By Amy Chew. Published in South China Morning Post on Tuesday, 12 January, 2016
China is now Malaysia’s largest foreign investor, following its recent acquisition of 1MDB assets, extending Beijing’s reach into the Southeast Asian country’s economy.
The scale of China’s rise to become the top foreign investor is compelling – just a year ago, it was nowhere near the top of the table. While official figures for 2015 are not out yet, economists say China will certainly emerge in first place.
In 2014, foreign direct investment (FDI) to Malaysia mainly originated from Singapore, Japan, the Netherlands, the US and Norway, which amounted to RM257.7 billion (US$58 billion), or 55.1 per cent of total FDI.
However, some economists do not expect China’s top position to be sustained as Malaysia’s economic transition plan (ETP) to become a high-income nation by 2020 aims for high-value industries.
“I do not expect China’s pole position for FDI to be sustainable as Malaysia wants to move up the value chain into high technology . That will come from its traditional FDI sources of US, Japan, EU and Singapore,” says Yeah Kim Leng, Dean of the School of Business at the Malaysia University of Science and Technology.
China, however, has been Malaysia’s largest trading partner since 2009, and is both the largest market for Malaysian exports and the largest importer to Malaysia. Total trade between the two countries in 2014 reached RM207.85 billion.
On November 23 last year, Chinese Premier Li Keqiang said China would buy more Malaysian government bonds and give the country a 50 billion yuan (US$7.6 billion) quota to invest in Chinese stocks and bonds.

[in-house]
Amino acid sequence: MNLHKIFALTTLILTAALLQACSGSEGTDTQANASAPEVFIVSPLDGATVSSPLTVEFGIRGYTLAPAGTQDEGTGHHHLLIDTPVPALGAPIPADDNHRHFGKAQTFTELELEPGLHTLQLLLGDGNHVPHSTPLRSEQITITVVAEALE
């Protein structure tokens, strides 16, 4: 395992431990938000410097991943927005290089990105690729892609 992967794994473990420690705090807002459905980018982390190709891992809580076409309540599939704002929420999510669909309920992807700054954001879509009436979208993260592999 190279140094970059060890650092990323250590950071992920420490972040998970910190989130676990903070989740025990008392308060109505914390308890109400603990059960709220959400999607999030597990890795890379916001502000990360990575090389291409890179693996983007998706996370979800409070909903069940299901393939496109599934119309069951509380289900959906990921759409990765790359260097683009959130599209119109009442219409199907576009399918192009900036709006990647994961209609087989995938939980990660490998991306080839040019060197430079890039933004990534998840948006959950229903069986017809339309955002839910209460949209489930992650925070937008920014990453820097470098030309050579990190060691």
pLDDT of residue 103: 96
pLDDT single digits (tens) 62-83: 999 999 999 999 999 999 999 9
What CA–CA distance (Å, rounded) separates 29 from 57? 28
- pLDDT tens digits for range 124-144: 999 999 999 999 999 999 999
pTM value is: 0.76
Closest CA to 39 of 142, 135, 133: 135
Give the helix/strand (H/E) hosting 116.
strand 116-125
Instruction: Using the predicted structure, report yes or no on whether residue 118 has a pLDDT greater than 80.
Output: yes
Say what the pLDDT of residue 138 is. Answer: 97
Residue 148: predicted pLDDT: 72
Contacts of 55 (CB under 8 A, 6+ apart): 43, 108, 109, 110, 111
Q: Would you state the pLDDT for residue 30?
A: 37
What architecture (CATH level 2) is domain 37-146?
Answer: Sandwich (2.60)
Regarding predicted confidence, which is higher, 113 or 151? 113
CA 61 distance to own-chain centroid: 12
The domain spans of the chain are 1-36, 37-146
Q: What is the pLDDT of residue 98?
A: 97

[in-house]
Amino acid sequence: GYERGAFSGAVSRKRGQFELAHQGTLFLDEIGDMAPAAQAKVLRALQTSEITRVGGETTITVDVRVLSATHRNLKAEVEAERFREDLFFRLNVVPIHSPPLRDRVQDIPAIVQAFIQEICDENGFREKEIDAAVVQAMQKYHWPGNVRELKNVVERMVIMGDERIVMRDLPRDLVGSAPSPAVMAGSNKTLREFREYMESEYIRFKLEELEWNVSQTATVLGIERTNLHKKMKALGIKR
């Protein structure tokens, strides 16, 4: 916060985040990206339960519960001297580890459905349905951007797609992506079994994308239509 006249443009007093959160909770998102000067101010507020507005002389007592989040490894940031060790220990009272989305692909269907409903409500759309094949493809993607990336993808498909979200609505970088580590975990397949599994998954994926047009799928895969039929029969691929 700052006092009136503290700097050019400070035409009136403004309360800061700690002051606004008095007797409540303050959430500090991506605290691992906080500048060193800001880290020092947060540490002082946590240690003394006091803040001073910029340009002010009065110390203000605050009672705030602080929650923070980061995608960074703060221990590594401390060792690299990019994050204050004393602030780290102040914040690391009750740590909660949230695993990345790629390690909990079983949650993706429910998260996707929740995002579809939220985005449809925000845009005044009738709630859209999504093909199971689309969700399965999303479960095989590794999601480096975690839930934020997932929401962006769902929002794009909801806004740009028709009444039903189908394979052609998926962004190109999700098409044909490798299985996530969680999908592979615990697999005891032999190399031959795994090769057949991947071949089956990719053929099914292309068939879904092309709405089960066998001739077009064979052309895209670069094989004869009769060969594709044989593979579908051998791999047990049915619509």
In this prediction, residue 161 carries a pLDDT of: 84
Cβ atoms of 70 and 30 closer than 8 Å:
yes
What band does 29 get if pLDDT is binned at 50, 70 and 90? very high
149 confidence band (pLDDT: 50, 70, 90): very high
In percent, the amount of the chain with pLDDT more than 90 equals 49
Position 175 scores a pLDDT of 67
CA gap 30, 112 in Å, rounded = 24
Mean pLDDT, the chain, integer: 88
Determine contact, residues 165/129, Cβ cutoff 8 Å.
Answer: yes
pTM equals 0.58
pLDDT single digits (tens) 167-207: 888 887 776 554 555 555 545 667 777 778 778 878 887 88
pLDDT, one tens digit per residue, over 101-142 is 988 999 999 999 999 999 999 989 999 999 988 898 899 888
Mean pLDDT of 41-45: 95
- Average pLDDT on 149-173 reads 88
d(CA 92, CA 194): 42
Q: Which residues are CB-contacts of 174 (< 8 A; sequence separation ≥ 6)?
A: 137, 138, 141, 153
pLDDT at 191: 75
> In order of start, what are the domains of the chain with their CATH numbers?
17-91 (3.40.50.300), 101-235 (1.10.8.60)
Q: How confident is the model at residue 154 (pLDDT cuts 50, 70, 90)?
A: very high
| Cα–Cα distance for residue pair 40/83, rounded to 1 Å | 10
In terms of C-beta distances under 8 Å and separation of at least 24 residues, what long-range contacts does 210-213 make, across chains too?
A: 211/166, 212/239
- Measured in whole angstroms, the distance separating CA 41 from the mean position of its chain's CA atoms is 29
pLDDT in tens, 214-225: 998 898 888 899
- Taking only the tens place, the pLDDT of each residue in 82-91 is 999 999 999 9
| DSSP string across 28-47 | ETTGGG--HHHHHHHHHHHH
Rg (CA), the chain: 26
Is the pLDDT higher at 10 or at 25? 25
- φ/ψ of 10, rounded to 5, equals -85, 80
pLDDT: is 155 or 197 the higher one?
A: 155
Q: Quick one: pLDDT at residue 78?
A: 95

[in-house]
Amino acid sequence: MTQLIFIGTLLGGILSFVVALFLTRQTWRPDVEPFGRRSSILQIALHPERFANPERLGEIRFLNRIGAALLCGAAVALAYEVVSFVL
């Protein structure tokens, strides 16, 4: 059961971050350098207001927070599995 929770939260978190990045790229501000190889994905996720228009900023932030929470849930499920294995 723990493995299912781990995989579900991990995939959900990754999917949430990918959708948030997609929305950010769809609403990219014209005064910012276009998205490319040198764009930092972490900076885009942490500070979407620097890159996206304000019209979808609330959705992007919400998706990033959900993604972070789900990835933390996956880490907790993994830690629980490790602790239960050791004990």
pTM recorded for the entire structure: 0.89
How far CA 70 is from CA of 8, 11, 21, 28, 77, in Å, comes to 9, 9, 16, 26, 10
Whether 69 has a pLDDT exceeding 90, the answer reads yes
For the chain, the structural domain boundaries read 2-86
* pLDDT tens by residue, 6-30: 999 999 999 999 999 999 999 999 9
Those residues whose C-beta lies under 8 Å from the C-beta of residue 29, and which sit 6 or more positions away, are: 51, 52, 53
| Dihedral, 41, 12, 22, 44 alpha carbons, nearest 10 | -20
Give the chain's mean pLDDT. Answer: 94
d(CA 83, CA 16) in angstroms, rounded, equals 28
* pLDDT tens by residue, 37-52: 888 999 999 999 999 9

China’s investments in Malaysia are well diversified. It is not only securing natural resources for its energy needs but building infrastructure and educational facilities.
Call it soft power.
China’s Xiamen University launched its first overseas campus in Malaysia, which can accommodate 10,000 students, in 2013. The first phase of the RM1.03 billion campus located in Sepang, Selangor state, was completed in October 2015.
The initial intake for undergraduates starts in February.
Other major Chinese investments include property and industrial developments.
Three Chinese companies are developing properties in Iskandar Malaysia, a special economic zone in the southern state of Johor which borders Singapore.
China’s Guangzhou R&F Properties Co Ltd is investing RM4.5 billion to build condominiums in Iskandar, while Country Garden Holdings Co Ltd is investing RM900 million in 45 condominium towers, offering a total of 9,500 units.
Greenland Holdings Group Ltd is investing RM2.4 billion in its Iskandar property development.
In Pahang state, Guangxi Beibu Gulf International Port Group is spending RM8 billion to expand and deepen the provincial capital’s Kuantan port on the eastern seaboard as well as build the Malaysia-China Kuantan industrial park.